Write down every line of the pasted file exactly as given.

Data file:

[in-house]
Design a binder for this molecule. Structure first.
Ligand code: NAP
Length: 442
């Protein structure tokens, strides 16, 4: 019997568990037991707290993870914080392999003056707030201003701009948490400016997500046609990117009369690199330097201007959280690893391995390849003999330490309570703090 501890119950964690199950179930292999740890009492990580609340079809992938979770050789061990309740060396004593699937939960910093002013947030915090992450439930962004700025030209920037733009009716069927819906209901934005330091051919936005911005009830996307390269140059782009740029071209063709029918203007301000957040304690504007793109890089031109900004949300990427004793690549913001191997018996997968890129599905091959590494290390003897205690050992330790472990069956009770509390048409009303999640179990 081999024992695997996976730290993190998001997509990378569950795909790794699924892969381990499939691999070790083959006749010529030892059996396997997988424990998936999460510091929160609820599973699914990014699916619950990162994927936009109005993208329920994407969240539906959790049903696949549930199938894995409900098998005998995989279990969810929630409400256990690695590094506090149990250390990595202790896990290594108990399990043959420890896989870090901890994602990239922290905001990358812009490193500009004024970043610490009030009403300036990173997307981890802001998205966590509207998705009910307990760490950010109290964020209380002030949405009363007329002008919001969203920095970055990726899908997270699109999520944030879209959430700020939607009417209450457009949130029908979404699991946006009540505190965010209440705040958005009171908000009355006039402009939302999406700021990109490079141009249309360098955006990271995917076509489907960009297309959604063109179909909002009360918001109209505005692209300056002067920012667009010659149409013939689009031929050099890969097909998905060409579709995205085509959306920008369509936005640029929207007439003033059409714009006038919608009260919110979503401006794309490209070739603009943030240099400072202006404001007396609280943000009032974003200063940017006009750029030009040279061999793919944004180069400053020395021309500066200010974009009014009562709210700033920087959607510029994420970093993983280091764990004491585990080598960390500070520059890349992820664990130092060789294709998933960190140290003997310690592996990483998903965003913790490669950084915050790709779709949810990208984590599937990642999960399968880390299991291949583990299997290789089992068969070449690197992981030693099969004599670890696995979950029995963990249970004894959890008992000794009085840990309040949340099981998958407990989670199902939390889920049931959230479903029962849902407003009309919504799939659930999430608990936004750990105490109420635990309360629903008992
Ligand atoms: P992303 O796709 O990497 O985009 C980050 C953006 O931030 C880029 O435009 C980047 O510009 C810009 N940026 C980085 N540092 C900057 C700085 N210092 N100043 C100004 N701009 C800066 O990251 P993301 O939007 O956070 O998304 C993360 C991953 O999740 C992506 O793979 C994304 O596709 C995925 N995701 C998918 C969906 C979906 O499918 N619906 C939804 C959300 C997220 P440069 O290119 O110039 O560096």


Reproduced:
[in-house]
Design a binder for this molecule. Structure first.
Ligand code: NAP
Length: 442
């Protein structure tokens, strides 16, 4: 019997568990037991707290993870914080392999003056707030201003701009948490400016997500046609990117009369690199330097201007959280690893391995390849003999330490309570703090 501890119950964690199950179930292999740890009492990580609340079809992938979770050789061990309740060396004593699937939960910093002013947030915090992450439930962004700025030209920037733009009716069927819906209901934005330091051919936005911005009830996307390269140059782009740029071209063709029918203007301000957040304690504007793109890089031109900004949300990427004793690549913001191997018996997968890129599905091959590494290390003897205690050992330790472990069956009770509390048409009303999640179990 081999024992695997996976730290993190998001997509990378569950795909790794699924892969381990499939691999070790083959006749010529030892059996396997997988424990998936999460510091929160609820599973699914990014699916619950990162994927936009109005993208329920994407969240539906959790049903696949549930199938894995409900098998005998995989279990969810929630409400256990690695590094506090149990250390990595202790896990290594108990399990043959420890896989870090901890994602990239922290905001990358812009490193500009004024970043610490009030009403300036990173997307981890802001998205966590509207998705009910307990760490950010109290964020209380002030949405009363007329002008919001969203920095970055990726899908997270699109999520944030879209959430700020939607009417209450457009949130029908979404699991946006009540505190965010209440705040958005009171908000009355006039402009939302999406700021990109490079141009249309360098955006990271995917076509489907960009297309959604063109179909909002009360918001109209505005692209300056002067920012667009010659149409013939689009031929050099890969097909998905060409579709995205085509959306920008369509936005640029929207007439003033059409714009006038919608009260919110979503401006794309490209070739603009943030240099400072202006404001007396609280943000009032974003200063940017006009750029030009040279061999793919944004180069400053020395021309500066200010974009009014009562709210700033920087959607510029994420970093993983280091764990004491585990080598960390500070520059890349992820664990130092060789294709998933960190140290003997310690592996990483998903965003913790490669950084915050790709779709949810990208984590599937990642999960399968880390299991291949583990299997290789089992068969070449690197992981030693099969004599670890696995979950029995963990249970004894959890008992000794009085840990309040949340099981998958407990989670199902939390889920049931959230479903029962849902407003009309919504799939659930999430608990936004750990105490109420635990309360629903008992
Ligand atoms: P992303 O796709 O990497 O985009 C980050 C953006 O931030 C880029 O435009 C980047 O510009 C810009 N940026 C980085 N540092 C900057 C700085 N210092 N100043 C100004 N701009 C800066 O990251 P993301 O939007 O956070 O998304 C993360 C991953 O999740 C992506 O793979 C994304 O596709 C995925 N995701 C998918 C969906 C979906 O499918 N619906 C939804 C959300 C997220 P440069 O290119 O110039 O560096």